Fun and Laughter Restored
William Wycherley’s THE COUNTRY WIFE, like most great works of theatrical art, reflects the culture from which it emerged: in this case, Wycherley’s scandalously titillating prose, riddled with devilish double-entendres and humor, exuberantly embodies the values of Restoration England—a restoring of the monarchy and fun. (When the Puritans, headed by Oliver Cromwell, even banned Christmas, the British people—forever the advocates of the ‘sensible’ and ‘even-keeled approach’—restored their Stuart monarch, inviting him back to England from France. Parties, Christmas, dancing and theatre ensued, to the relief and joy of most.) The effect Restoration comedy would have had on its 17th century audience is notoriously difficult to achieve in America—especially Hawaii—where we have no sense of the meaning of a class system. (The idea that some people are rightfully born to rule is a notion almost no American would endorse.) The mores and foibles of an Aristocratic court, the defiant embrace of decadence—these are concepts virtually alien to a modern American audience.
Thus, I have very rarely seen Restoration comedy staged effectively, outside of the four years I spent in England.
Enter director Stacy Ray and script editor Jake McPherson. Together Ray and McPherson cut and trimmed this antiquated 17th century masterpiece to a length manageable and appropriate for a contemporary audience—without losing any of the naughtiness or sacrificing the intricate plot and subplots. What follows is a night of ribald humor, precise and committed acting, sumptuous costumes and categorical, absolute fun—most significantly, the effect on our contemporary audience parallels the effect the original uncut version would have had on its 1675 Restoration audience.
THE COUNTRY WIFE, playing at UHM’s Earle Ernst Lab Theatre, April 24 – 28, begins with a cleverly staged preshow announcement (using characters from the play to establish house-rules.) As Lady Squeamish and Mr. Dorilant, Catherine Restivo-Romito and Bryce Johnston, immediately and skillfully introduce the audience to the world of the play. Then, exquisitely, all the characters in the production appear behind the gorgeous red velvet curtains of Earle Ernst Lab Theatre, in a lavishly rendered dance, choreographed by assistant director Thea Wigglesworth.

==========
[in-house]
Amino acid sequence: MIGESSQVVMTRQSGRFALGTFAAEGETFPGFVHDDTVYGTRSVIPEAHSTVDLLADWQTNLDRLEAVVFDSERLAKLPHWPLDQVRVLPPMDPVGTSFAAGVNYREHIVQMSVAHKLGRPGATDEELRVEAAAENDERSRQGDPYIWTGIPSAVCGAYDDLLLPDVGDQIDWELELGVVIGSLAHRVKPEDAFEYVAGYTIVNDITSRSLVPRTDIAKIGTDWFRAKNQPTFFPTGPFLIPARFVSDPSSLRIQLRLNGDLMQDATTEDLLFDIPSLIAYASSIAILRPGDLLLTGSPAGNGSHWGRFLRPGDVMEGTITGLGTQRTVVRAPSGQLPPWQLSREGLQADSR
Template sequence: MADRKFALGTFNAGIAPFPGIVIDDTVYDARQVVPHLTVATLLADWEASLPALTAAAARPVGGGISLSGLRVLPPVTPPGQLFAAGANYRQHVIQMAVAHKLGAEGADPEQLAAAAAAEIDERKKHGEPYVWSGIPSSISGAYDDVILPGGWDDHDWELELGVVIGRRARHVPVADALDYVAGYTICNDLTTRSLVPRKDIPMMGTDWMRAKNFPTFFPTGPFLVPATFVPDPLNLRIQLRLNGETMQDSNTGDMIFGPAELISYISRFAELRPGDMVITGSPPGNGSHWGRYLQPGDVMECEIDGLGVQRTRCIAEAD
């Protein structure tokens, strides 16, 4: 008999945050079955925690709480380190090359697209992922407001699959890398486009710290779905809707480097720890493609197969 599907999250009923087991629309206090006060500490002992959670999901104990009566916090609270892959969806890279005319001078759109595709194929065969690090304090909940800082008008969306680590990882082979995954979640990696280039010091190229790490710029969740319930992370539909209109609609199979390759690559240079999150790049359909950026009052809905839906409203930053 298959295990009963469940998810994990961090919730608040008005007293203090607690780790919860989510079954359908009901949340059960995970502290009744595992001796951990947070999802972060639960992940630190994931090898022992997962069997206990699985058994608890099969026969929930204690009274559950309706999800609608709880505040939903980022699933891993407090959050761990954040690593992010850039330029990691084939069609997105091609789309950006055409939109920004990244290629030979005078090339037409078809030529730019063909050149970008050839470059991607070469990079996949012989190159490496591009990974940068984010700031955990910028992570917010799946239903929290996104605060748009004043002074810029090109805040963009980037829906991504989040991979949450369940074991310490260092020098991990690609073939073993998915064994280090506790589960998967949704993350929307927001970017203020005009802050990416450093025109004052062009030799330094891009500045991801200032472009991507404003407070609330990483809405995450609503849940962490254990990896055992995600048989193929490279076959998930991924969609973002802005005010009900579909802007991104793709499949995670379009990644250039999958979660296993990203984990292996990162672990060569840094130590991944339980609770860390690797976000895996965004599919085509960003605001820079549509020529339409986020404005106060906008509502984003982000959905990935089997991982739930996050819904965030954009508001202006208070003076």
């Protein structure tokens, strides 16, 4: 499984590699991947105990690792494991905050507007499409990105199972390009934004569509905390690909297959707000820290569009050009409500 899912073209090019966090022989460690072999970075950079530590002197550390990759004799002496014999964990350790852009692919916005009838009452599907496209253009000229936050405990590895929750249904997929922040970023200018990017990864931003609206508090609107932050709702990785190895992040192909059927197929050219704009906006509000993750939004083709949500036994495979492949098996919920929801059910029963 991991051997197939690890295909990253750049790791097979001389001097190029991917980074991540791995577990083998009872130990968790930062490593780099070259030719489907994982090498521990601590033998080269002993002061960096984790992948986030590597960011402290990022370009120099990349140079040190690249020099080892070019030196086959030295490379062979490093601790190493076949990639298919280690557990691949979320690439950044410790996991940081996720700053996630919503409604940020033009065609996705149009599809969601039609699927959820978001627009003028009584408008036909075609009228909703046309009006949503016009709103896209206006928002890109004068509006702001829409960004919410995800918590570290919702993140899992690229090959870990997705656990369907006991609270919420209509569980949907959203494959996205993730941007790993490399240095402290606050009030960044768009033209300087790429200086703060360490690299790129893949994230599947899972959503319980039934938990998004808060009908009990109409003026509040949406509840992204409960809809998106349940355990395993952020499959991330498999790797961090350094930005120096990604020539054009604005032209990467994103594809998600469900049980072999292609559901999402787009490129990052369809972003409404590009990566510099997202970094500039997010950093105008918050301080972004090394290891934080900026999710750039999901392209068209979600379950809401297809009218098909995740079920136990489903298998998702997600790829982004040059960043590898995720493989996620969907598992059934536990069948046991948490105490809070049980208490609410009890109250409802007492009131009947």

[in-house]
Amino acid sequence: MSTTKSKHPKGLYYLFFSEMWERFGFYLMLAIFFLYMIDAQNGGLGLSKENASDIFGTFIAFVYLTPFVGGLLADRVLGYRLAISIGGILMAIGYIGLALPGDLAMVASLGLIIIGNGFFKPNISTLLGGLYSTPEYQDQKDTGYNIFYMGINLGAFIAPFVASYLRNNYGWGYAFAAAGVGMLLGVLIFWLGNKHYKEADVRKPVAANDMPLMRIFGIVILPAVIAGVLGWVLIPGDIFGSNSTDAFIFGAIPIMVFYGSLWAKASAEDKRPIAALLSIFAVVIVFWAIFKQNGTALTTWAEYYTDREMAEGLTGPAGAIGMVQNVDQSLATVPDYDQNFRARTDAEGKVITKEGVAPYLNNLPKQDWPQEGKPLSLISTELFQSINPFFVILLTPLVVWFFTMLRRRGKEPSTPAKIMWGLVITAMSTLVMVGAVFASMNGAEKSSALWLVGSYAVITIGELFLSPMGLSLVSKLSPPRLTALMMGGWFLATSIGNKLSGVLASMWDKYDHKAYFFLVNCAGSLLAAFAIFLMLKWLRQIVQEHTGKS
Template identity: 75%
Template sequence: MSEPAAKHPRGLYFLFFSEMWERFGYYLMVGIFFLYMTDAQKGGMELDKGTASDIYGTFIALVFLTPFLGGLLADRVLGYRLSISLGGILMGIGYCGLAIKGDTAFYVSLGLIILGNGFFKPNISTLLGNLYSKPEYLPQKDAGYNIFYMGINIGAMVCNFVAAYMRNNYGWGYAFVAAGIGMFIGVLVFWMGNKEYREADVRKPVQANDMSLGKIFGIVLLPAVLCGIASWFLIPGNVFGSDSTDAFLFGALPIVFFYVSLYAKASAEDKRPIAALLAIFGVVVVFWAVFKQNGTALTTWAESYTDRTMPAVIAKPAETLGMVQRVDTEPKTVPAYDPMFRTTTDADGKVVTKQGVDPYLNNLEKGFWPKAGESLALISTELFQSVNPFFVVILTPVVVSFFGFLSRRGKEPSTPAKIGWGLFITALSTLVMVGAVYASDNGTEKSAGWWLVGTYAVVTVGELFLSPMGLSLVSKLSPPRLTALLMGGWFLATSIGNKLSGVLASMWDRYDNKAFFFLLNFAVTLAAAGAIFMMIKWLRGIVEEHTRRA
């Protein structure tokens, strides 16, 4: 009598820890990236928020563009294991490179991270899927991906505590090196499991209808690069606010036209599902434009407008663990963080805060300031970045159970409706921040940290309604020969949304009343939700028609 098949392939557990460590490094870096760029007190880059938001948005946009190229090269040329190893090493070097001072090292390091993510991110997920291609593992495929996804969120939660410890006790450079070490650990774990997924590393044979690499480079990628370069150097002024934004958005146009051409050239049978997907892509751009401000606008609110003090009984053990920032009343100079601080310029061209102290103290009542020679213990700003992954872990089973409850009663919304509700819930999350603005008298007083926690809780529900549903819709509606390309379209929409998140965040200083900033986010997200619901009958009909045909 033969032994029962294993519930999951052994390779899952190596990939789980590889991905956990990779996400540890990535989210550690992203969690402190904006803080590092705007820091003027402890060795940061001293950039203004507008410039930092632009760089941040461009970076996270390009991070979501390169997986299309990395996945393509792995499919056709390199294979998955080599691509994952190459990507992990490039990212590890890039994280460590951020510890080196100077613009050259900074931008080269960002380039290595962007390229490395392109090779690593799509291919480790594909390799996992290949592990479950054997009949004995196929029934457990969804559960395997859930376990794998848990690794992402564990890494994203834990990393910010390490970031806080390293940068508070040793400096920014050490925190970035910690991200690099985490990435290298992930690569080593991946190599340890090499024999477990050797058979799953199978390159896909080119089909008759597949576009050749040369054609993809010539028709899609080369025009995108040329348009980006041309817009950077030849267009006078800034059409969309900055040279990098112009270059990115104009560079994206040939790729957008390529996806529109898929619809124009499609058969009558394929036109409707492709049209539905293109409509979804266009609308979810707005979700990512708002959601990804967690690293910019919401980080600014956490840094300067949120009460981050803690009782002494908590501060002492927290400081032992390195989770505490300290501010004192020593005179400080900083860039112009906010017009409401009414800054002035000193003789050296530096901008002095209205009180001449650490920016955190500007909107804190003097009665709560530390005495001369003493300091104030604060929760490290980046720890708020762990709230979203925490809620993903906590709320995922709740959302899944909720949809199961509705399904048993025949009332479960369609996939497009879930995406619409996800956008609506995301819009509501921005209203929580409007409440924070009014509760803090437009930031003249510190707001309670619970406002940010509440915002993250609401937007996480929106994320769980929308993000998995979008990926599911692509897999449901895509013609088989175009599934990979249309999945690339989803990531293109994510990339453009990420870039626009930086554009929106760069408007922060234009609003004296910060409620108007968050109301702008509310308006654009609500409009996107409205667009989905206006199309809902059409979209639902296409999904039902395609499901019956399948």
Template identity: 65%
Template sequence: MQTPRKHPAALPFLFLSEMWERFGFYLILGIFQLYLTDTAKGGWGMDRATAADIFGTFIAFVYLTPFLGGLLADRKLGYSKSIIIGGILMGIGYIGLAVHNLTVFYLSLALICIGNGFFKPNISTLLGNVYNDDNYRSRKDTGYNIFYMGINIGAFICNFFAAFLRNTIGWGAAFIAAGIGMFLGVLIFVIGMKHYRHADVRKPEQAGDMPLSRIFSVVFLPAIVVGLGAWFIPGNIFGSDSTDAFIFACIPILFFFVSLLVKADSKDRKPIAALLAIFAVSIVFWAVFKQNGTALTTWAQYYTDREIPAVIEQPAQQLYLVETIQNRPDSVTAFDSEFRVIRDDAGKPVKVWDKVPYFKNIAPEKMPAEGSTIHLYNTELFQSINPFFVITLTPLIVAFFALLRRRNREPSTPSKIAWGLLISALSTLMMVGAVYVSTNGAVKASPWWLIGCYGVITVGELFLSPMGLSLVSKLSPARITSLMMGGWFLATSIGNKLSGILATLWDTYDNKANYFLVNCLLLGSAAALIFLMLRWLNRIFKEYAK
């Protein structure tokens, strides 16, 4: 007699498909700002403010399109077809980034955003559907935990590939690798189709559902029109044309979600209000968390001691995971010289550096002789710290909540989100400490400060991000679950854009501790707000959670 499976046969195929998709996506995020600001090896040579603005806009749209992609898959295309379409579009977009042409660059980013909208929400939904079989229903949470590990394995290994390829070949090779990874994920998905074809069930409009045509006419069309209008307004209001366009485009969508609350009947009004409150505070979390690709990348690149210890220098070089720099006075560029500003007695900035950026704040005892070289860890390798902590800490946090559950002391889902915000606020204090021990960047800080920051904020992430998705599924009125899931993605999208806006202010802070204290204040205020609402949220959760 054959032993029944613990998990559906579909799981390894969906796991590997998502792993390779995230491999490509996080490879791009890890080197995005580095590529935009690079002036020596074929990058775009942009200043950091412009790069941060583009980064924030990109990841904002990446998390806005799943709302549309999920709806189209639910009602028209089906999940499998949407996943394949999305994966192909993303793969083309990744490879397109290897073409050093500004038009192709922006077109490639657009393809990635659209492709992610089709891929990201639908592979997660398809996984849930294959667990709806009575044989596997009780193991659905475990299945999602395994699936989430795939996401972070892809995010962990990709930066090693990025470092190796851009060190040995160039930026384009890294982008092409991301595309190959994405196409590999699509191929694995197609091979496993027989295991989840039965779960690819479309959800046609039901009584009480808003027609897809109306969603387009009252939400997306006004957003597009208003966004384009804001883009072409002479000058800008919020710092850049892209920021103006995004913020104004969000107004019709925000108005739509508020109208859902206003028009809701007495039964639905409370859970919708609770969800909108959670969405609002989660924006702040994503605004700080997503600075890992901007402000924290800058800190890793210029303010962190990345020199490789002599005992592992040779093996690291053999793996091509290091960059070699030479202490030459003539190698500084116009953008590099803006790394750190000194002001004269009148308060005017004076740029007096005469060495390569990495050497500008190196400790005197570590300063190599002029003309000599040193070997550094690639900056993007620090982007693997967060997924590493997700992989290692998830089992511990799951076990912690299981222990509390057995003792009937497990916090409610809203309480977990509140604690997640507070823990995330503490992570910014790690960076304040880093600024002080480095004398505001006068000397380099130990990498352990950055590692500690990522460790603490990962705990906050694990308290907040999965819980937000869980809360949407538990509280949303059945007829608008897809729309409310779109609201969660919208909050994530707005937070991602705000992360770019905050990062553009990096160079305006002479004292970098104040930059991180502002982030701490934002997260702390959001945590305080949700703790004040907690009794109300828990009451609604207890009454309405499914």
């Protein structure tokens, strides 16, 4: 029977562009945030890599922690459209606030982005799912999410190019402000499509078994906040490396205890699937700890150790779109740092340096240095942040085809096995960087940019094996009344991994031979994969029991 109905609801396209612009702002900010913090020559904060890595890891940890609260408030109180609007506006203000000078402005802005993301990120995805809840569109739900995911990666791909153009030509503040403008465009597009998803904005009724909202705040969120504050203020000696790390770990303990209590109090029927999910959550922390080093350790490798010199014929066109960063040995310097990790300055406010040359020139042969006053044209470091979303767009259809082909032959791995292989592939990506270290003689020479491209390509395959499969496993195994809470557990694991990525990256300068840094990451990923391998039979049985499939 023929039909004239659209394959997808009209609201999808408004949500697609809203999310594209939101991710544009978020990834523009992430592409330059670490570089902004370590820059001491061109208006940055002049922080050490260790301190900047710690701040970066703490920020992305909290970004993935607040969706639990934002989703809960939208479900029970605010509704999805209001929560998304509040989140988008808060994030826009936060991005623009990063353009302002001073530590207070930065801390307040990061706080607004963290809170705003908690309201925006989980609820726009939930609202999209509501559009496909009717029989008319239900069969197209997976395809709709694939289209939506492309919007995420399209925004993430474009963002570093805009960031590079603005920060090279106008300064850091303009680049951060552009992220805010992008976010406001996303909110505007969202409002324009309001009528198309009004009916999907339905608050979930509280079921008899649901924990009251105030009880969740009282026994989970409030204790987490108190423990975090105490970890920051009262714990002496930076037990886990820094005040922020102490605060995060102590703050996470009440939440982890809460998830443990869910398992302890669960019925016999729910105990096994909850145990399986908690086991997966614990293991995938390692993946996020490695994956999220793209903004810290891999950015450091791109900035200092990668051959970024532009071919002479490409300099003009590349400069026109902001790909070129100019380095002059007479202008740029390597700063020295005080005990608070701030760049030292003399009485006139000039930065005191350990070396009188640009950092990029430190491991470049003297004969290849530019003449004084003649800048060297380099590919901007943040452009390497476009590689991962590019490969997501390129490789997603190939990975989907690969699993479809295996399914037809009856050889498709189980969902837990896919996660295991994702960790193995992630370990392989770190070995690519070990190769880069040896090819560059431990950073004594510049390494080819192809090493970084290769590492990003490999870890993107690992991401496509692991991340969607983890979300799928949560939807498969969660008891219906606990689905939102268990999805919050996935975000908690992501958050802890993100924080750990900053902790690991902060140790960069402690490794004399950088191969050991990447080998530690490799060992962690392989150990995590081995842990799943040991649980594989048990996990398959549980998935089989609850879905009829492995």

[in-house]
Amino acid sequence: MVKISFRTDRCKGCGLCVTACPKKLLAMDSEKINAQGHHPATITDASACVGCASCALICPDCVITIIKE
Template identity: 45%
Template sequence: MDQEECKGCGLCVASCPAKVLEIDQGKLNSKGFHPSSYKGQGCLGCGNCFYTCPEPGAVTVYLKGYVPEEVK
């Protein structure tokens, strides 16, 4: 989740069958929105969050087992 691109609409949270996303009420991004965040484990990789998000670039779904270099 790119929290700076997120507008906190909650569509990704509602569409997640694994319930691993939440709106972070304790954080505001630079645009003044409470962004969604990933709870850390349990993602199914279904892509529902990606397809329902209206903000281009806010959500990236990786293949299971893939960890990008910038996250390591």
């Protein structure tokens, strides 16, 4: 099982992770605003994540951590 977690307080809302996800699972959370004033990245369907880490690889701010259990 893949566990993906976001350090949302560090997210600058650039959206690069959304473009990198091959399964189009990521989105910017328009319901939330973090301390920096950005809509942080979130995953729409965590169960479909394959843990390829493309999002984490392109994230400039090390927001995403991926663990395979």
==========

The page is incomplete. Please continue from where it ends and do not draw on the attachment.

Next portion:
The audience seating formation is one of the most effective aspects of the set design, by Laura Nigon-Holmgren: an unusual v-formation underscores the sense of a see-and-be-seen court and transports the audience into this distant time period with its destabilizing impact. Superb and detailed period costumes by Maile Speetjens are unified and use different color-accents to indicate character (orange for the foolish Mr. Sparkish played with tremendous variety and brilliance by Claire Fallon.) Porcelain-white faces, pink cheeks, over-drawn beauty marks and ridiculous wigs by hair and makeup designer Isabella Anderson complete the visual picture.
Dean Mo, Annastasia Fiala-Watkins, Alten Kiakona, Christine Lamborn, Tyler Haugen, Emily Steward and Christine Chang give especially outstanding, provocative and charming performances. The supporting cast (including Samuel Kim, Robert Sanchez, Makenzie Cammack, Jonah Bobilin, Alani Asis and Yunshan Feng) were also committed, focused and strong. Haugen and Steward had several scenes of such mesmerizing humor, I find it nearly impossible to describe the nuance and astounding impact.
THE COUNTRY WIFE, directed by Stacy Ray and adapted and edited by Stacy Ray and Jake McPherson was a rare theatrical gem of wit, titillation and comedic brilliance. Translated perfectly for a contemporary audience, the night flies by with dazzling performances, elegant design, and splendid staging. The artificiality of the period is articulated with commitment, stylistically unified acting and, ultimately, inner truth. Instead of a tediously dated, purely academic exercise in boredom, this comedy of manners retains both the comedy and the manners, enchanting and delighting.
Written by Taurie Kinoshita.